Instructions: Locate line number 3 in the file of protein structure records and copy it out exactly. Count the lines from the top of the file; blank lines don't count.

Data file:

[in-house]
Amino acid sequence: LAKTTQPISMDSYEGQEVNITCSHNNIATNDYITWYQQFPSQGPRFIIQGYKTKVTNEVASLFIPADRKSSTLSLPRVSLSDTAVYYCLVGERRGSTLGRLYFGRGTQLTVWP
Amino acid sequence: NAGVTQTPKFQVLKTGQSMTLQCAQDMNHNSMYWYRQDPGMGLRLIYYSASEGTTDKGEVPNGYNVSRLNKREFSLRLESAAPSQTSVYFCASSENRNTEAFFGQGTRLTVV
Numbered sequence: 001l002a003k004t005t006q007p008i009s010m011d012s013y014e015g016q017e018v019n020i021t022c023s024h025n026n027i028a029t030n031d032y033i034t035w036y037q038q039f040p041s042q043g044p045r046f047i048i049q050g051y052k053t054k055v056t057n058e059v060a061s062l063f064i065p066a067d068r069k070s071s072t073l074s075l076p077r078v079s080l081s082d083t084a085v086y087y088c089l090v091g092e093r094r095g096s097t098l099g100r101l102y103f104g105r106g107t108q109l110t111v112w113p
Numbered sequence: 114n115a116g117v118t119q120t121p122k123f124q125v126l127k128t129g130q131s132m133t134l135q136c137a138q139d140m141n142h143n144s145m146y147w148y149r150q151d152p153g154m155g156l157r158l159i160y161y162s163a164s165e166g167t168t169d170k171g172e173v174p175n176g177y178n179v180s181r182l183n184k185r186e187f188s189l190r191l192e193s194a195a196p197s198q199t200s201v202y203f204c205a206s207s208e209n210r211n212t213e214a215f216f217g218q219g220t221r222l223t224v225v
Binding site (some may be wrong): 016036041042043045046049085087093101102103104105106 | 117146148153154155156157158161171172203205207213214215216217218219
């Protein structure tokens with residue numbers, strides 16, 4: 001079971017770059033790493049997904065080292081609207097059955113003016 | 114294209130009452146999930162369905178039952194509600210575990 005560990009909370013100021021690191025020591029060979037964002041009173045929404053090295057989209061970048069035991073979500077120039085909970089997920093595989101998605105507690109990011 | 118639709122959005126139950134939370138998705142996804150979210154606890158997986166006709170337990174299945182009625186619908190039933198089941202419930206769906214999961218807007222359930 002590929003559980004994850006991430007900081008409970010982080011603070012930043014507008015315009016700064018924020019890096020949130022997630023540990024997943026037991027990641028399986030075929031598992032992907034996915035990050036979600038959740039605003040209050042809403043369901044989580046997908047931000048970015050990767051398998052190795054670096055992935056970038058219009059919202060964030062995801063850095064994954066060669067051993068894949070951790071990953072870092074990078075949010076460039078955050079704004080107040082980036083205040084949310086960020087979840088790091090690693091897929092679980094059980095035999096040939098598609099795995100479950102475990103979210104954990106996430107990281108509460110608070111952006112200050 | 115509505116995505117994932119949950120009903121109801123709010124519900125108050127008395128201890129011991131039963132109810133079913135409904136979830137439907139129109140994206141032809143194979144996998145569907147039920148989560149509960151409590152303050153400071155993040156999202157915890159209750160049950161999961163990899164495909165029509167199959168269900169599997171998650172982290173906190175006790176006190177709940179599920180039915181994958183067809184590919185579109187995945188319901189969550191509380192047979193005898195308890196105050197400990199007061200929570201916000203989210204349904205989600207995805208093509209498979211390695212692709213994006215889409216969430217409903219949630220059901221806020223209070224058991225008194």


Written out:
Amino acid sequence: NAGVTQTPKFQVLKTGQSMTLQCAQDMNHNSMYWYRQDPGMGLRLIYYSASEGTTDKGEVPNGYNVSRLNKREFSLRLESAAPSQTSVYFCASSENRNTEAFFGQGTRLTVV